Predictive Tissue Models for Faster and Safer Cardiac Drug Discovery

Seminar / Lecture
For NYU Community

Visual Example of how testing cardiac drugs


Krista Durney, PhD
Senior Project Manager
TARA Biosystems


Dr. Durney’s group has been involved in the development of the so-called Biowire™ II platform.  This platform applies biomimetic stimulation to produce cardiac tissue with adult-like human physiology. In the first step, mature heart tissue is engineered from induced-pluripotent stem cell (iPSC) derived cardiomyocytes. Then the Biowire™ II platform applies electrical and mechanical stimulation to these cells, driving them to a mature phenotype. The so-generated cardiotype tissues embodies the physiological hallmarks of the human heart (e.g. contractility, electrophysiology, and structure). In this way a picture of cardiac function, with both healthy and diseased models is provided, which enables testing of changes in human heart function without human testing. One can measure and evaluate heart function in vitro to understand changes surrounding the heartbeat and the calcium handling driving it. Overall, this approach overcomes the limitations of current technology by more accurately and quickly predicting the efficacy and safety of new medicines in early development. Animal models and alternative in vitro platforms are unable to mimic the human heart to this extent.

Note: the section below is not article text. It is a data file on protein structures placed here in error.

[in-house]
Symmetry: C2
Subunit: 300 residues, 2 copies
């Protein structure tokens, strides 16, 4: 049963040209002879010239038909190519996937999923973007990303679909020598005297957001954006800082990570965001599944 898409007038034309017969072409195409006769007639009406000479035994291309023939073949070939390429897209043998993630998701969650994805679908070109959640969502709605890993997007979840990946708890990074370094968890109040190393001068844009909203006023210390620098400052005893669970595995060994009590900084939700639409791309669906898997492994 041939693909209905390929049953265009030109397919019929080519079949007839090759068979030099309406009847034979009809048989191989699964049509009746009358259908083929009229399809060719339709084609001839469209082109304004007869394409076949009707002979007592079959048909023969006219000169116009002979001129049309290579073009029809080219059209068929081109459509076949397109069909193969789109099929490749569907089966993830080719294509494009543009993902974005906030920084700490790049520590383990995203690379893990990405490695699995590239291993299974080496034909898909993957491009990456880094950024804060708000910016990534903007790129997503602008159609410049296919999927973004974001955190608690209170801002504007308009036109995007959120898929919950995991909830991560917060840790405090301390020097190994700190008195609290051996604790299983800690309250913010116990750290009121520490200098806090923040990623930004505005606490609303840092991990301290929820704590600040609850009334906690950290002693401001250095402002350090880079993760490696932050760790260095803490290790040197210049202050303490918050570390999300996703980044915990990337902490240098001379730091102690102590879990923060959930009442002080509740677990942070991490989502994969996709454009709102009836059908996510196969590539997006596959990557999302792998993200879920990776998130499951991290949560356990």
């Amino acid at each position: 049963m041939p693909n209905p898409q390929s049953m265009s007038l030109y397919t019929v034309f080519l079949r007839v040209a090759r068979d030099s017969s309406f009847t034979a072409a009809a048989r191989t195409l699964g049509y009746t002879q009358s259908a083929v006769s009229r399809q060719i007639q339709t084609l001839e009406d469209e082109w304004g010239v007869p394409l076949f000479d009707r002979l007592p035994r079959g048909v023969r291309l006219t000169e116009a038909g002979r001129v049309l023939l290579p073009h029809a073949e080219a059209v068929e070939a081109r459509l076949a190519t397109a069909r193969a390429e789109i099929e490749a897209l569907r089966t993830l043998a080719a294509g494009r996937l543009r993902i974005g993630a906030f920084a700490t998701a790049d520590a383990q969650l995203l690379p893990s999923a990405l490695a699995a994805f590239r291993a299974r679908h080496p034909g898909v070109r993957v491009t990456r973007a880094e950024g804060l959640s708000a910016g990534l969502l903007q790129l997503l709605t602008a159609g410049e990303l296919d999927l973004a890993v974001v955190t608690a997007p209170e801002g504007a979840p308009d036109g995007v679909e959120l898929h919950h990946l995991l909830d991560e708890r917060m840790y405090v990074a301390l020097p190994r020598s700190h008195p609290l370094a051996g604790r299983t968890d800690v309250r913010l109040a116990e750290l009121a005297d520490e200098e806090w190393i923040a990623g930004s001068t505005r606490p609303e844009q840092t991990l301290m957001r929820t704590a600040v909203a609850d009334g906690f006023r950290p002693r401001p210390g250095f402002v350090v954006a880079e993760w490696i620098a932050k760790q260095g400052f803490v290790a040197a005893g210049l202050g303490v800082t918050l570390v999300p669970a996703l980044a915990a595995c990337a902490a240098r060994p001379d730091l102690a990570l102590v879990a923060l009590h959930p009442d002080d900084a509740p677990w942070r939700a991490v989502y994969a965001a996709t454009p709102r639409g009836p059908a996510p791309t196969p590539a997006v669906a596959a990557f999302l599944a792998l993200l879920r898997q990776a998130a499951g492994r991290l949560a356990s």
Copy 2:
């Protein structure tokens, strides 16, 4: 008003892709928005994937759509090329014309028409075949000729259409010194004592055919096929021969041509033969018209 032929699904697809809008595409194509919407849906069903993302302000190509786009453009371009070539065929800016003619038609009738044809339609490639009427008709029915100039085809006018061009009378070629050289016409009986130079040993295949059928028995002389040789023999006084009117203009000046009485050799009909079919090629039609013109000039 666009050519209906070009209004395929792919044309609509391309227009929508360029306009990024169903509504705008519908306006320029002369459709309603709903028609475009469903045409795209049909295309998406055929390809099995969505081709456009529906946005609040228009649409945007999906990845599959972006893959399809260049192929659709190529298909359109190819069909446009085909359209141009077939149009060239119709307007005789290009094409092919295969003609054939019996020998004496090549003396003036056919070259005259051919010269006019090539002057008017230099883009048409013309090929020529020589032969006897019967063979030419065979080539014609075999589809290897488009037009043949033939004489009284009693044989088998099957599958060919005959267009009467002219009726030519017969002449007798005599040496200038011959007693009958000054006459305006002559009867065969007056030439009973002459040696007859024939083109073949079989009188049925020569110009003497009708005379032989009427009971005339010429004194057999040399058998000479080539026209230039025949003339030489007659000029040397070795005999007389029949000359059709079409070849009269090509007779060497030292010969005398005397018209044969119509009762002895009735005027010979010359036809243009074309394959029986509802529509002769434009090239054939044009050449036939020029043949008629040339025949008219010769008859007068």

Dr. Krista Durney obtained both her Bachelor and Master degrees in Inter-Disciplinary and Mechanical Engineering from the Cooper Union in New York City. During her graduate research in the laboratories of Dr. Gerard Ateshian and Dr. Clark Hung at Columbia University, she focuses on musculoskeletal biomechanics and tissue engineering. She was trained in financial markets and business valuation at Goldman Sachs where she covered the pharmaceutical and biotechnology sectors as an equity research fellow. Dr. Durney’s entrepreneurial spirit has led to her involvement in bringing two technologies out of the university through funding from Columbia’s Biomedical Technology Accelerator and Cisco’s Global Problem Solver Challenge.


Experimentally induced microcracks (mCr, arrows) in cortical bone shown in association with newly activated intracortical resorption spaces
Example of how cardiotype™ tissues recapitulate cardiac disease phenotypes. Shown are cardiomyocytes which contain a monogenic mutation in β-myosin heavy chain, linked to familial hypertrophic cardiomyopathy (R403Q mutations in the MYH7 gene).